The Chinese mainland's accelerated structural reform and efforts to cut debt levels might lead to a mild slowdown in gross domestic product expansion this year, investment bank Goldman Sachs said, setting its growth forecast for the year at 6.5 percent.
Andrew Tilton, managing director of global investment research at Goldman Sachs, said the mainland had performed well last year. A credit-growth slowdown normally held the economy back, but GDP continued to grow despite the deleveraging.
China's GDP grew 6.9 percent last year, up from 6.7 percent in 2016, the National Bureau of Statistics said.
A pickup in exports amid the global recovery last year, which did not involve much leverage, accounted for some of the rise, Tilton reflected. Goldman also saw a fiscal expansion, including local-government spending. The bank expects policy tightening in some areas to curb GDP growth.
"Regulations in housing and anti-pollution measures are likely to stay in place if not tighten; where we do think will have more policy tightening is in shadow banking. There is also a possibility that policy makers are trying to reign in the borrowing and spending activities of local governments," Tilton said.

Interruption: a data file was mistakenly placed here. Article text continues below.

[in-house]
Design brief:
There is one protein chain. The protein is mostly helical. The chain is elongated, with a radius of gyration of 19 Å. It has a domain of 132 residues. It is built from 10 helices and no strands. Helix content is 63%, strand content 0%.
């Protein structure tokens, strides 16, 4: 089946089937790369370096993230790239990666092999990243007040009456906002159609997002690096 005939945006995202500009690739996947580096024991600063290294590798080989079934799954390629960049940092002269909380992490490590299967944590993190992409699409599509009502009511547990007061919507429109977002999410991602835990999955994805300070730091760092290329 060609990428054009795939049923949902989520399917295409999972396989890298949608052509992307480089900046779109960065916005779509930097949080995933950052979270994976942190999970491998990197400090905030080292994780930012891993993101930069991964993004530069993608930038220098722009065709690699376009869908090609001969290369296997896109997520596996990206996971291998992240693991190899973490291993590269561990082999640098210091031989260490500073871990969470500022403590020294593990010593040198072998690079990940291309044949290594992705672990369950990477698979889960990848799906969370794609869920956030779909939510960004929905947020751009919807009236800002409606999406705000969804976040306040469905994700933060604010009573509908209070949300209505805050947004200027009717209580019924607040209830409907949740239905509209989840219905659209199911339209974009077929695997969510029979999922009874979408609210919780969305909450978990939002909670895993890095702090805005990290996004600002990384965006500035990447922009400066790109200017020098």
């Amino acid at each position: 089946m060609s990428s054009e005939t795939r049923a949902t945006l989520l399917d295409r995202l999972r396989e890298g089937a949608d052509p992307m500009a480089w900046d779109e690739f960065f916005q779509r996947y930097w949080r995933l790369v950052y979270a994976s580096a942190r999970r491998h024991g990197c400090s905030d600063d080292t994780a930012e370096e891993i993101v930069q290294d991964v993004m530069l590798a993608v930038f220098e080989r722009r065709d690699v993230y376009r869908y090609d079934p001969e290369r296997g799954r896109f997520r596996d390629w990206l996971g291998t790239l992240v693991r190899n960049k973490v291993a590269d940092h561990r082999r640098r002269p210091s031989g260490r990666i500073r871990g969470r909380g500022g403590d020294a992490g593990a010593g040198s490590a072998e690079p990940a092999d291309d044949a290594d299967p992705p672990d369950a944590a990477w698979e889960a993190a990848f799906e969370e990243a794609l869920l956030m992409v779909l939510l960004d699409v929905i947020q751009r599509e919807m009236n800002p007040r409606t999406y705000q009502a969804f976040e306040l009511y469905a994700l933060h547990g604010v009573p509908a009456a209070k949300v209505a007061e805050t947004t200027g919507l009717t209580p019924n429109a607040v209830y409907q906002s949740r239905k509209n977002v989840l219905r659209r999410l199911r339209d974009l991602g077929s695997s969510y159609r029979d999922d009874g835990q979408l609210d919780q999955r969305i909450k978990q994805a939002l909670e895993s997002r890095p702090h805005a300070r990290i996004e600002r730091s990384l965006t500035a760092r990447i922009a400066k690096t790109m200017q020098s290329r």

The Finance Ministry last year cracked down on public-private partnership projects, a heavily promoted model since 2014 that channels private money into public infrastructure projects. The model was overhauled when regulators found local governments had widely abused projects as "disguised borrowing".
Consumer spending will continue to be the driving force of the country's economy, as the mainland shifts from an investment-led to consumption-led economy, Goldman said.
A strong labor market, expanding consumer credit and big household savings augur well for consumer spending, the bank said.
Goldman had an above-consensus forecast of 4.1 percent growth for global GDP this year, expecting broad-based momentum across advanced and emerging markets aided by relatively easy financial conditions and benign inflation.
The bank estimated the United States Federal Reserve would raise interest rates four times this year but chances that the mainland will follow in their steps are slim, Tilton said.
"If the inflation surprised on the upside we might see a rate hike, but having said that this is not what we have expected, policy has been tightening in many other ways that would all weigh on growth. They don't need to raise the rates further," he said.